Is Your Office Workstation a Hub Or a Hole?
if this is the case then over the longer term it is highly probable that injuries having a great day or working as hard they could. Yet all too often it is the design of the office
Yet there are relatively simple things which can be done to improve office workstation design, and the good news is that not all of the solutions cost money. In some cases it will be important to spend a little extra on order to reap a better level of productivity from your employees, but in some cases it is simply a case of considering all possible factors, and looking around at the influencing features of the office environment and deciding how best the office can be designed and compiled into a single cohesive solution.
After all, if your office is a major hub within your business then it will be important to make sure that those working within such an office environment are able to do so efficiently and safely, and that there should be no causes for a decrease in potential workload or activity.
The morale and general well-being of employees is often deemed to be something which is largely out of the hands of the business, and often blamed on either mood swings, home or finance problems or clashes with others in the workplace. Even employees can sometimes be hard pressed to put a finger on why they may not be having a great day or working as hard they could. Yet all too often it is the design of the office, and the office workstation in particular, which is to blame in part.
Most office workstations these days have a computer of some kind, and clearly it will be of significant importance to make sure that any prolonged use of the computer has been thought through carefully, with the workstation itself, the chair, and the technology all working fluidly together as a solution which maximizes comfort and productivity for the employee.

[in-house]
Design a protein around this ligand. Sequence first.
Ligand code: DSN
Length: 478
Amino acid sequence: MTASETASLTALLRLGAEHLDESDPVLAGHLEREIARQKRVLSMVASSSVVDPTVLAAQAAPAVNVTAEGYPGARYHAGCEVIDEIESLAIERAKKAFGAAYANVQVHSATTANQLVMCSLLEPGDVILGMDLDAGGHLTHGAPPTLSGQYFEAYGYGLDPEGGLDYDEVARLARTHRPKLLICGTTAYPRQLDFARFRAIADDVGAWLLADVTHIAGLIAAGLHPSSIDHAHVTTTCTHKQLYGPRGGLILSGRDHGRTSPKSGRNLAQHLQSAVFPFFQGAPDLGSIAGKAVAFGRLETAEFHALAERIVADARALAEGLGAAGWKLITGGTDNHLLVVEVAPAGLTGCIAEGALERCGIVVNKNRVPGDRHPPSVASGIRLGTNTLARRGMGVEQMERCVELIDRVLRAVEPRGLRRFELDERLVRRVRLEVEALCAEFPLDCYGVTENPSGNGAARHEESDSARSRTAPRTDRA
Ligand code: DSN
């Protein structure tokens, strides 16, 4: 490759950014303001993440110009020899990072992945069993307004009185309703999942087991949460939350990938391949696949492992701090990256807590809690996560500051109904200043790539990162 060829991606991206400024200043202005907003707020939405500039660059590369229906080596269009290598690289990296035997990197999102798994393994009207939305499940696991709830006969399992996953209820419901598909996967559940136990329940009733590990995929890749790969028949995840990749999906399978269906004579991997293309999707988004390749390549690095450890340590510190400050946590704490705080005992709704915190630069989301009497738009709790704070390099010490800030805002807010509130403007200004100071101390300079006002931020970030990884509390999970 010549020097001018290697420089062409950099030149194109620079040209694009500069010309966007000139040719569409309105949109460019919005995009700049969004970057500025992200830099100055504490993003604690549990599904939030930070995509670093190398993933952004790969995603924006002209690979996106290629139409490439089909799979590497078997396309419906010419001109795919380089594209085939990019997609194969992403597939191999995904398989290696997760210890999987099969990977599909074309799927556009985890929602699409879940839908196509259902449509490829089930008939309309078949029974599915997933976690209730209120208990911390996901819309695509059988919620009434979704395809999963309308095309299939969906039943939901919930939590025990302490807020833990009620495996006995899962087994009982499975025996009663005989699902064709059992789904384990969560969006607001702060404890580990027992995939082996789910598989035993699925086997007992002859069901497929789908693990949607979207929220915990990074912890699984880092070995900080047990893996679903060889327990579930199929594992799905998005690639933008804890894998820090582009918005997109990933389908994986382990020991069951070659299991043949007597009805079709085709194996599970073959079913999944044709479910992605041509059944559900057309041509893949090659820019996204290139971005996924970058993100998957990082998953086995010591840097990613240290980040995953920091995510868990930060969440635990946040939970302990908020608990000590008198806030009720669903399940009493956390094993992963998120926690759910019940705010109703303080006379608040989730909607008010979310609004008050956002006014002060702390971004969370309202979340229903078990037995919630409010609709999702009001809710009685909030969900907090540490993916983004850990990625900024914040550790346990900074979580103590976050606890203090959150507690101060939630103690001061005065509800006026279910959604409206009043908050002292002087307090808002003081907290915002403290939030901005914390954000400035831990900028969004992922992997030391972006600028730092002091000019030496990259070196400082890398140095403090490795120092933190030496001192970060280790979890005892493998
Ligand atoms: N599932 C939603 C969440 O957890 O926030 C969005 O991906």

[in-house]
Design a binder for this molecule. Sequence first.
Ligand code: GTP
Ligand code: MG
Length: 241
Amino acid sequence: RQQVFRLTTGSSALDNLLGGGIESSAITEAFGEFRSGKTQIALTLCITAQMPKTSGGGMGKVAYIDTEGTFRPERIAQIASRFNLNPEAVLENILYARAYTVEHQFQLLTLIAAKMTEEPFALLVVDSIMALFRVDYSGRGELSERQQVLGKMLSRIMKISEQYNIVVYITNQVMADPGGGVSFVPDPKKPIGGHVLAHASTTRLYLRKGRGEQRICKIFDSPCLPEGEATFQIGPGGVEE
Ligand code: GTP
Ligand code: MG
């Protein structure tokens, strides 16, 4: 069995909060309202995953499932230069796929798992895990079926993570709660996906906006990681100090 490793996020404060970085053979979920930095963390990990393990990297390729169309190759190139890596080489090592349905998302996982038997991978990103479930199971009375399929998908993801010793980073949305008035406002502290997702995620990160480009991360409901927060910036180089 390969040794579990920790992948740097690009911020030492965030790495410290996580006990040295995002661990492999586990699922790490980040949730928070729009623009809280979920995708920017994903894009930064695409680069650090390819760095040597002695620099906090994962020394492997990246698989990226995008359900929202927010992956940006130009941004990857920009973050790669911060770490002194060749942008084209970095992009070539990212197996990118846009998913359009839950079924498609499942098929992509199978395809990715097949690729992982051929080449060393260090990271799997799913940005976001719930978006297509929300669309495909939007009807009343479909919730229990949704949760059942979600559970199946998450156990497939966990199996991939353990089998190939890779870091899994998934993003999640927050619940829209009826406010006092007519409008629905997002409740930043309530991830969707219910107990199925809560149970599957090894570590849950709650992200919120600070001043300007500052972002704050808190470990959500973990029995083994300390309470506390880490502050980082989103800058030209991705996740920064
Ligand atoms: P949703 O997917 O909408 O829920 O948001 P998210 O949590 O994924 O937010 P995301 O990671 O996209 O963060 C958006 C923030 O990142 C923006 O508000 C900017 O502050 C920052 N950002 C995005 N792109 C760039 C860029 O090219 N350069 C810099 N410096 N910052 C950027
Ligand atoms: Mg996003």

It will certainly be highly advisable to make sure that the chair provided for your employees has a number of basic adjustments, such as height, tilt, lumbar support and of course a back rest. Arm rests aren't always necessary, and usually serve relatively little benefit as far as ergonomics are concerned. To be able to raise or lower the chair in order to make sure that the employee's eyes are level with the monitor is essential, as any tilting of the head can easily result in strain or compression injuries over time, These can be very painful, resulting in twinges or headaches which will undoubtedly result in reduced workflow at the very least.
However, in designing the office workstation itself, have you also considered where you will locate it? There are a number of factors so often ignored or overlooked. Primarily this tends to be because those people designing or planning the office space do so standing up, walking around and looking at the office workstations from angles which are quite different from those which the employee is likely to use.
One such example is placing a workstation in such a way that the employee has their back to the window. How could this be an issue? For two main reasons - firstly the bright sun coming in is almost certainly likely to reflect off the screen. If the workstation has been built to a standard arrangement then the monitor will be on top of the desk, facing the window and reflecting the outside of the office. By forcing the employee to squint against the light, and subconsciously flick focus between the distant reflections and the text on the screen much closer you will be certain to encourage eyestrain and headaches which will reduce productivity.
There is also the fact that the sun may well cause a surge in heat, making the employee feel physically uncomfortable too. So how about switching the workstation to face the window? This then has the problem of causing the employee to look at a screen which is almost silhouetted by the bright light behind. This will also cause eyestrain and headaches.
The best idea is to angle workstations so that there is no direct light either behind or in front of the desk, providing the employees with a screen that is easy to read, positioned at the correct height and has no bright light sources nearby to cause any eye strain or distraction. The office workstation should be designed and positioned from the employee's point of view, not just the designer's or the manager's. Make your office workstation a hub, and not a hole, and allow your employees to work effectively and efficiently without damaging themselves or your business.
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